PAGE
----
- Four teenagers are now in their parents' custody
- But an Amber Alert continues for other teenagers
- Police ask the ranch director and parents of other missing boys to contact them
- The ranch says it works to help at-risk youth
Four of nine teenagers sought in an Amber Alert are now in their parents' custody, but investigators are still searching for the five other missing boys in New Mexico, police said Saturday.
Authorities confirmed that the four youths were in the custody of one or both parents, the New Mexico Department of Public Safety said in a statement.
The Amber Alert remains in effect for five teenage boys, authorities said.
The nine teens were attending a facility for troubled youths called the Tierra Blanca Youth Ranch, and authorities began searching for them after receiving allegations of abuse, police say.
The Amber Alert for all nine teens was issued despite the fact that an attorney for the ranch director said all the teens were safe.
The incident started Friday, when state police investigators went to the ranch to execute a search warrant and investigate claims of abuse, authorities said.
The youths were not at the ranch and neither was Scott Chandler, the ranch director, the New Mexico State Police said.
Pete Domenici, Chandler's attorney, said the teens had just gone on a trip and nothing was wrong.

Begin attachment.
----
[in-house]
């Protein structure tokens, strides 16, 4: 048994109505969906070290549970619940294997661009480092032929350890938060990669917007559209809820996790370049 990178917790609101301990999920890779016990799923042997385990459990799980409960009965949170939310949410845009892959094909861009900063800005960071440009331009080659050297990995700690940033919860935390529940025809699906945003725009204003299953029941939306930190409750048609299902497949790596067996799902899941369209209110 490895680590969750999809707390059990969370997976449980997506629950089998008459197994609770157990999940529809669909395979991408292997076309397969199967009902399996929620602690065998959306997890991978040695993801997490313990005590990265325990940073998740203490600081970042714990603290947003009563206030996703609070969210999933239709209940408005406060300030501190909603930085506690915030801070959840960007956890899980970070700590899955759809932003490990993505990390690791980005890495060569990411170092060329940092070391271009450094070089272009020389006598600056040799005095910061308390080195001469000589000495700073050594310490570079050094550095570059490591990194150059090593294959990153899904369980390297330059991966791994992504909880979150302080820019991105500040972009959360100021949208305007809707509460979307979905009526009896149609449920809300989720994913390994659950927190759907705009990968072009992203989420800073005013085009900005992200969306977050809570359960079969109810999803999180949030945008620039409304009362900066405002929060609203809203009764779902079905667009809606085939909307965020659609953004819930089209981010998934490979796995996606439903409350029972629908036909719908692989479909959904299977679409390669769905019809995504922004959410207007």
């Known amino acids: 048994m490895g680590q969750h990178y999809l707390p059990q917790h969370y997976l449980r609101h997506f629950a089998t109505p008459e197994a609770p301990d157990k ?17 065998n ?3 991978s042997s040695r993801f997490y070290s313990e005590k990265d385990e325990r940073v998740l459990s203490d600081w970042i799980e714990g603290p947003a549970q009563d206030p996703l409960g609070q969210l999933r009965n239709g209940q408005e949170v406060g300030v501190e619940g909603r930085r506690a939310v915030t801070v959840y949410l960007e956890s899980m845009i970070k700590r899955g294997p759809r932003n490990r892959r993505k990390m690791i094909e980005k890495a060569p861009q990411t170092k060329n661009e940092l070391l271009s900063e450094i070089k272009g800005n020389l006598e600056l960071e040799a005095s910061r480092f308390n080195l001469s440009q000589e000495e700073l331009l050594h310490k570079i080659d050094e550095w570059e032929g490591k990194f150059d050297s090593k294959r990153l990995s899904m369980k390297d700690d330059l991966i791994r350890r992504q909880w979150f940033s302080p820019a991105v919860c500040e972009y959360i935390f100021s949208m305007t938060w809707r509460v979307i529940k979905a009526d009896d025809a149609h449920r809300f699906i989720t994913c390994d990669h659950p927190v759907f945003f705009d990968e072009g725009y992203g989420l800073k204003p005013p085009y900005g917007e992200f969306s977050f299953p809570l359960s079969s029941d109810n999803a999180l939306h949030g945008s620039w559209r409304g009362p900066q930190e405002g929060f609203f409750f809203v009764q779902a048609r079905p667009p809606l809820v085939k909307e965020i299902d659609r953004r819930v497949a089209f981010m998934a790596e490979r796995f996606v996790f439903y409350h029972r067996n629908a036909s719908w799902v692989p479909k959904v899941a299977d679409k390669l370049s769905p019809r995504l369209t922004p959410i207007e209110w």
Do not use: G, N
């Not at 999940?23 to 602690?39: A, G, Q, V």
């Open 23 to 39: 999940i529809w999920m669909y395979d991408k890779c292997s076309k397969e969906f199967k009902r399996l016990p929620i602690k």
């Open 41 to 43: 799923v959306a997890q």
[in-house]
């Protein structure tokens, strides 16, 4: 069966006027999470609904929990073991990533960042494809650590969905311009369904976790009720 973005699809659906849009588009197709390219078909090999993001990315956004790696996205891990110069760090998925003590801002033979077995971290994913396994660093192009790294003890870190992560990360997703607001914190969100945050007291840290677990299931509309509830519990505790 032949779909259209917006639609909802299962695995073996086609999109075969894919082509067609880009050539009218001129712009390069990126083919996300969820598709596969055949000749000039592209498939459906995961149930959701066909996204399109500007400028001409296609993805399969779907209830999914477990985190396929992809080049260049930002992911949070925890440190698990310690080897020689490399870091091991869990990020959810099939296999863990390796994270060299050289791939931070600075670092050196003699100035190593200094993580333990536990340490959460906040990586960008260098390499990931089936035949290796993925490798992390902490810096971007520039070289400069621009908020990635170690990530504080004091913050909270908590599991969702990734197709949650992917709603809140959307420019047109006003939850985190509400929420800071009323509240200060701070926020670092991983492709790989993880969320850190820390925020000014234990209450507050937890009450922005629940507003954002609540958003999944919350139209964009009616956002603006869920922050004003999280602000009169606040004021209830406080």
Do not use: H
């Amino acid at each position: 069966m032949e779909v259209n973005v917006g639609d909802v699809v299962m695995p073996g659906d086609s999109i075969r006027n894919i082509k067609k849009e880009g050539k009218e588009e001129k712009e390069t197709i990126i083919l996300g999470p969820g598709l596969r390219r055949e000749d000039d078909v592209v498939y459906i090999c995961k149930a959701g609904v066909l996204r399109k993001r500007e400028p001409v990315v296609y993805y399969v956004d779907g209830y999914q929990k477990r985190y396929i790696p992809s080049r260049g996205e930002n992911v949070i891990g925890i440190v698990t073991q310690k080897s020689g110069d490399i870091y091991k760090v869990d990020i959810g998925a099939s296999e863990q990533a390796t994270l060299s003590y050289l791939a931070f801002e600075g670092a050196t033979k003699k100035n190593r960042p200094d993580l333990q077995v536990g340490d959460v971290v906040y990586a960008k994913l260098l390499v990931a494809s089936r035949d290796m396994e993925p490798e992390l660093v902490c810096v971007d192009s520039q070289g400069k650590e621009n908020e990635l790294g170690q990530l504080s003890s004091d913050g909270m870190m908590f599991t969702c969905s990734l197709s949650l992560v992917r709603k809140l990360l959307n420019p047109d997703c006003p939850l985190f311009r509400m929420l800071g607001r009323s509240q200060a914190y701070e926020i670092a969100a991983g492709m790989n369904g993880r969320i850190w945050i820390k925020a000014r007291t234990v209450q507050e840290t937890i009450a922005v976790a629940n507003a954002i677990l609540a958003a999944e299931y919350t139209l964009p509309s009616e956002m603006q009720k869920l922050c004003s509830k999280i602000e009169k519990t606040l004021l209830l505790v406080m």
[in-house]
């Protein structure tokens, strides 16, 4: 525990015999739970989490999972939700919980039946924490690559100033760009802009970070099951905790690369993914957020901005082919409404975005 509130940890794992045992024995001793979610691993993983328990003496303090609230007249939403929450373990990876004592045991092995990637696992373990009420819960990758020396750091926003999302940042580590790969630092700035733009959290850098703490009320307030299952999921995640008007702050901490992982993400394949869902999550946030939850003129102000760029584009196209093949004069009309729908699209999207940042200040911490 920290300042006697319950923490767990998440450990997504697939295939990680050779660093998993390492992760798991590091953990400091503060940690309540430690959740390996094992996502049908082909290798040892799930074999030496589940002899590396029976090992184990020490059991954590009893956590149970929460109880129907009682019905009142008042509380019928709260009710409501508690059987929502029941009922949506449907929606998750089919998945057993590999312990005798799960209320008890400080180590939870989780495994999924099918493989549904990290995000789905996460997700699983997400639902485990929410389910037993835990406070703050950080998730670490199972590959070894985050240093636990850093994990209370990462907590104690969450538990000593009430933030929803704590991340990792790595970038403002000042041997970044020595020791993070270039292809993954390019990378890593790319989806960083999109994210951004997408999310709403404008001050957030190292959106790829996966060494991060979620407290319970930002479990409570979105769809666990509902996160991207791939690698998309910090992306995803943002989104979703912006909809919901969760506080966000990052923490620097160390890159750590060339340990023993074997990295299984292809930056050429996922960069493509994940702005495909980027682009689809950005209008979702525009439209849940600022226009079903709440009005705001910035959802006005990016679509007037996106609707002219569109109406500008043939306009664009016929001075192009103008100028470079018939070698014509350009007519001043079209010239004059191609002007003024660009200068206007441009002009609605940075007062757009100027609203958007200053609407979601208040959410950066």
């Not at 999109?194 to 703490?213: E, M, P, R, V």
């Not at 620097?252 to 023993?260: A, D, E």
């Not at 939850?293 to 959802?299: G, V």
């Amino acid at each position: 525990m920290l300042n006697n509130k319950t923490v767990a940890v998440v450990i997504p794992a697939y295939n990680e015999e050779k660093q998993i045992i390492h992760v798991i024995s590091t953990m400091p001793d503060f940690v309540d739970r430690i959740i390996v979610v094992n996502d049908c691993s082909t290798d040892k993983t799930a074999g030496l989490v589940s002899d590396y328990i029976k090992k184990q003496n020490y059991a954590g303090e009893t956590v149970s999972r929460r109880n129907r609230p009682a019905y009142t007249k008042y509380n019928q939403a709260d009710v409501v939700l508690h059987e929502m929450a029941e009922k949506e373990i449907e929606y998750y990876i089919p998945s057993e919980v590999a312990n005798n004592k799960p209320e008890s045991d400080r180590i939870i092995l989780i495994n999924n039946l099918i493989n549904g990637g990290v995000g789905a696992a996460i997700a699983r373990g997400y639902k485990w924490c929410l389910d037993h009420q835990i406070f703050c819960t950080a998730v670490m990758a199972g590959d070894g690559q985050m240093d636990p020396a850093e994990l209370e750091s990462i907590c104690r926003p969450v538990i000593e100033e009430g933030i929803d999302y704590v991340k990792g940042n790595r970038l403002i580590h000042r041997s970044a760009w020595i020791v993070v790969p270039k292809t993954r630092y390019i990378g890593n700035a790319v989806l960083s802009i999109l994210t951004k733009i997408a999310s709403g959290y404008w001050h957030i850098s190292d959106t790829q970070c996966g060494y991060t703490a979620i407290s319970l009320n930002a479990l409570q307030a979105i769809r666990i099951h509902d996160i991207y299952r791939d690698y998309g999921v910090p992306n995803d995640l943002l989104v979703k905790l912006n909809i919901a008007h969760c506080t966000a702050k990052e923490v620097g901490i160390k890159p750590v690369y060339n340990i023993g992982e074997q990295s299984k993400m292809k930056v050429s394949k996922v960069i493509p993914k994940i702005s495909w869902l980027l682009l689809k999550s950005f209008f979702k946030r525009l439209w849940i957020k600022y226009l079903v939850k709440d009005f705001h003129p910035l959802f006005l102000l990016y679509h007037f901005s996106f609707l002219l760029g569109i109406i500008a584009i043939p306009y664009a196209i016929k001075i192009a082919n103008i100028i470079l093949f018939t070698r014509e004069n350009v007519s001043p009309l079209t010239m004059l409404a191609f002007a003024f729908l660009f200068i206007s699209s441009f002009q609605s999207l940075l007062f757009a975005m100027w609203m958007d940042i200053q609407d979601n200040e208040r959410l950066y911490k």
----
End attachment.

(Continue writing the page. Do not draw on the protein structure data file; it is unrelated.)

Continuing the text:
"The boys from the Tierra Blanca Ranch have been on a previously scheduled activity away from the ranch for several days," Domenici said. "They are safe and have already been picked up by their parents or their parents are en route to pick them up."
Despite the attorney's statement, the Amber Alert was not rescinded. State police on Saturday urged Chandler and the parents of the missing boys to contact them.
"This is still an active investigation," said state police Sgt. Emmanuel Gutierrez. "We have not visually seen these kids to confirm their whereabouts, which is why the Amber Alert remains active."
The confusion seems to stem from allegations of abuse of the teens at the ranch, CNN affiliate KRQE reported.
"We have allegations of abuse," New Mexico Gov. Susana Martinez said, according to KRQE. "We're required by law to investigate, and when you suddenly show up to the place and everybody's gone, it's of huge concern to us."
State officials were investigating claims that youths at the camp had been threatened, shackled and beaten, the affiliate said.
Chandler has denied these claims, his attorney said, and he has filed suit against the state for the handling of the case, KRQE reported.
The ranch director tried to resolve the situation in court, but a hearing had been delayed, the lawyer said.
The Tierra Blanca Ranch in Hillsboro, New Mexico, is a 30,000-acre facility that bills itself as a "new beginning for troubled at-risk youth," according to its website. "For almost 20 years, this beautiful and historic ranch has been the setting of Chandler family efforts to work with troubled and at-risk youths."